Twelfth-Grade Student Work Intensity Linked to Later Educational Attainment and Substance Use: New Longitudinal Evidence

Publication Abstract

Bachman, Jerald, J. Staff, Patrick M. O'Malley, John E. Schulenberg, and P. Freedman-Doan. 2011. "Twelfth-Grade Student Work Intensity Linked to Later Educational Attainment and Substance Use: New Longitudinal Evidence." Developmental Psychology, 47(2): 344-363.

Long hours of paid employment during high school have been linked to a variety of problem behaviors, but questions remain about whether and to what extent work intensity makes any causal contribution. This study addresses those questions by focusing on how 12th-grade work intensity is associated with substance use and educational attainment in the years following high school. It uses 2 nationally representative longitudinal data sets from the Monitoring the Future project, spanning a total of 3 decades. One data set tracks 8th graders for 8 years (modal ages 14-22) and provides extensive controls for possible prior causes; the second, larger data set tracks 12th graders for up to 12 years (to modal ages 29-30) and permits assessment of possible short-term and longer term consequences. Findings based on propensity score matching and multivariate regression analyses are highly consistent across the 2 sets of data. All findings show that more fundamental prior problems, including low academic performance and aspirations, make substantial contributions to substance use and long-term academic attainment (selection effects), but the findings also suggest that high work intensity during high school has long-term costs in terms of college completion and perhaps cigarette use.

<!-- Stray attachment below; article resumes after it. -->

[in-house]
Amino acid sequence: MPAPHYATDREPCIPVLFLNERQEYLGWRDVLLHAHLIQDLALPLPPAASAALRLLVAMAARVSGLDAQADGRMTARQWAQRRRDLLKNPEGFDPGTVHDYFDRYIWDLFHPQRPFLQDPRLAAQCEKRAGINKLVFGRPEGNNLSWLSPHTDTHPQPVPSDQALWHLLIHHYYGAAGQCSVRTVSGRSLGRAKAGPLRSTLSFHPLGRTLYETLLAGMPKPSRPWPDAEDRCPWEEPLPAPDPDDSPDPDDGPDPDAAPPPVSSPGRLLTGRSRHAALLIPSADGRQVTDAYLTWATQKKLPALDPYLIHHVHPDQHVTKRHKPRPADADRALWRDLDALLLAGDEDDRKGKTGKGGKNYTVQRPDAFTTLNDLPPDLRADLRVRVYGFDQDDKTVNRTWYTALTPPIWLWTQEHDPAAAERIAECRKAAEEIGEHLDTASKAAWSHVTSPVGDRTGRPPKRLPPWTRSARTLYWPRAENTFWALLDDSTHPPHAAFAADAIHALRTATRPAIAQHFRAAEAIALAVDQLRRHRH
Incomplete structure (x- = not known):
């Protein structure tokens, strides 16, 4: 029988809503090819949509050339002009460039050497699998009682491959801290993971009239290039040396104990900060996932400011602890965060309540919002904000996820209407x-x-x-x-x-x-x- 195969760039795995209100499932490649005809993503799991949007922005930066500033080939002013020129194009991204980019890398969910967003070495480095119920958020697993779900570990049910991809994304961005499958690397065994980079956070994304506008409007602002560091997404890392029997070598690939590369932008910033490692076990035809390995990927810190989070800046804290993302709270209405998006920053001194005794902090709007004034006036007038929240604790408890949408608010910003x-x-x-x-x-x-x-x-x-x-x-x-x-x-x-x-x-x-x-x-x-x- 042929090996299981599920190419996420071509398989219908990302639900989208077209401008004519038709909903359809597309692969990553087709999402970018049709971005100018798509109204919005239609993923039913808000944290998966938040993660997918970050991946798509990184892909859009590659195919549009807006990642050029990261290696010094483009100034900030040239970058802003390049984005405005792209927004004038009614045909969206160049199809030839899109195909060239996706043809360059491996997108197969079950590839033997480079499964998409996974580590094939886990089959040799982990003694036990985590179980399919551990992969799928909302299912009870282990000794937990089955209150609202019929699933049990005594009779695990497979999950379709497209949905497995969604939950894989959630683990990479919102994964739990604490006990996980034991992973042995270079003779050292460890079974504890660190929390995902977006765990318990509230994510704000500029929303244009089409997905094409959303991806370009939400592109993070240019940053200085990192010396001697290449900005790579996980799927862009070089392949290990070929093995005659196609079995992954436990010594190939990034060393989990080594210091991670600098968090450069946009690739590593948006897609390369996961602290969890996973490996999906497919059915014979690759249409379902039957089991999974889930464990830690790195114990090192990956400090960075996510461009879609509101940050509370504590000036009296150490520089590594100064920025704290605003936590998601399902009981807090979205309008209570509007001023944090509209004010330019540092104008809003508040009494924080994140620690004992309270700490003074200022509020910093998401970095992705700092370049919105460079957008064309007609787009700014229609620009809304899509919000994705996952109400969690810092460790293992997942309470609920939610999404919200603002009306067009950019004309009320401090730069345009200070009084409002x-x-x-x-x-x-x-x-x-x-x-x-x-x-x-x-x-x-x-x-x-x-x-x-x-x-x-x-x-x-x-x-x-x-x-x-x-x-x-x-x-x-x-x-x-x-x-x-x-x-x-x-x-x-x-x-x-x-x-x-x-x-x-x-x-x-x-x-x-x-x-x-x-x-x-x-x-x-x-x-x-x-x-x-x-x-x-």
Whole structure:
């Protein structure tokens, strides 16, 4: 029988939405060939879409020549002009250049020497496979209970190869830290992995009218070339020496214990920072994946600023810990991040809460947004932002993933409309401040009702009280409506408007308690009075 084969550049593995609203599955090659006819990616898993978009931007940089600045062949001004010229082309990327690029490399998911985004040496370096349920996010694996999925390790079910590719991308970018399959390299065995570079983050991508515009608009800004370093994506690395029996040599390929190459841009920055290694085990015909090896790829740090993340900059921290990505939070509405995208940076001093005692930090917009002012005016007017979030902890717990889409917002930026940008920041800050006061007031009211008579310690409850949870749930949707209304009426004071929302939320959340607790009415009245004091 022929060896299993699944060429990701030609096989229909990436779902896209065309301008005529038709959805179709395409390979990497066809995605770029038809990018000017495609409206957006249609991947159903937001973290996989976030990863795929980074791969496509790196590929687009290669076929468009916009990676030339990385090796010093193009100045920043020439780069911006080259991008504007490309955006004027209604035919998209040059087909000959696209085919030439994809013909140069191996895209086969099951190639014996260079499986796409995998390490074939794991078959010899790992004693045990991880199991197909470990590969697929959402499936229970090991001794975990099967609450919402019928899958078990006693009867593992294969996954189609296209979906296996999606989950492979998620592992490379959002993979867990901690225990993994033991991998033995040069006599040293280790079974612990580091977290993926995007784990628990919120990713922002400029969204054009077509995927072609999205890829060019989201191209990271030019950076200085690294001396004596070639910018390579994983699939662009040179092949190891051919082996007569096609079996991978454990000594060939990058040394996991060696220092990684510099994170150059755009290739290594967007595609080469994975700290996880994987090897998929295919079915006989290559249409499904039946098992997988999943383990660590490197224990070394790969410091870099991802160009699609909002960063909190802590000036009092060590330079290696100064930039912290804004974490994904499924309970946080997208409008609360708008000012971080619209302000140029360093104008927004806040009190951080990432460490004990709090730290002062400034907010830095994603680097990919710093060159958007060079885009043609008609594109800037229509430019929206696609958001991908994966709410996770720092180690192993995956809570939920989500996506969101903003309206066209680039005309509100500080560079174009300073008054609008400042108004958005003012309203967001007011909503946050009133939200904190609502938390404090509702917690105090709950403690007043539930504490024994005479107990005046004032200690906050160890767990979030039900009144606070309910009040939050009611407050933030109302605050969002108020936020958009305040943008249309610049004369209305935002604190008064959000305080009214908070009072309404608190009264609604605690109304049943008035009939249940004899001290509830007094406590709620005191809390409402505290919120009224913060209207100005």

10.1037/a0021027

PMCID: PMC3061345. (Pub Med Central)

Country of focus: United States of America.

Wellbeing of Older Persons in Southeast Asia (Bibliography)

Browse | Search | Books | Next

PSC In The News

RSS Feed icon

Miller comments on local efforts to provide healthcare to vulnerable populations

Shaefer discusses Americans with tight financial resources have fewer options as they navigate coronavirus closures and layoffs in NYT

Mehta's research on life expectancy crisis in the USA: The opioid crisis is not the decisive factor

More News

Highlights

Data Scientist Job Open at PSC/PDHP

New Investigator Mentoring Program (PDHP) Applications Sought

More Highlights


Connect with PSC follow PSC on Twitter Like PSC on Facebook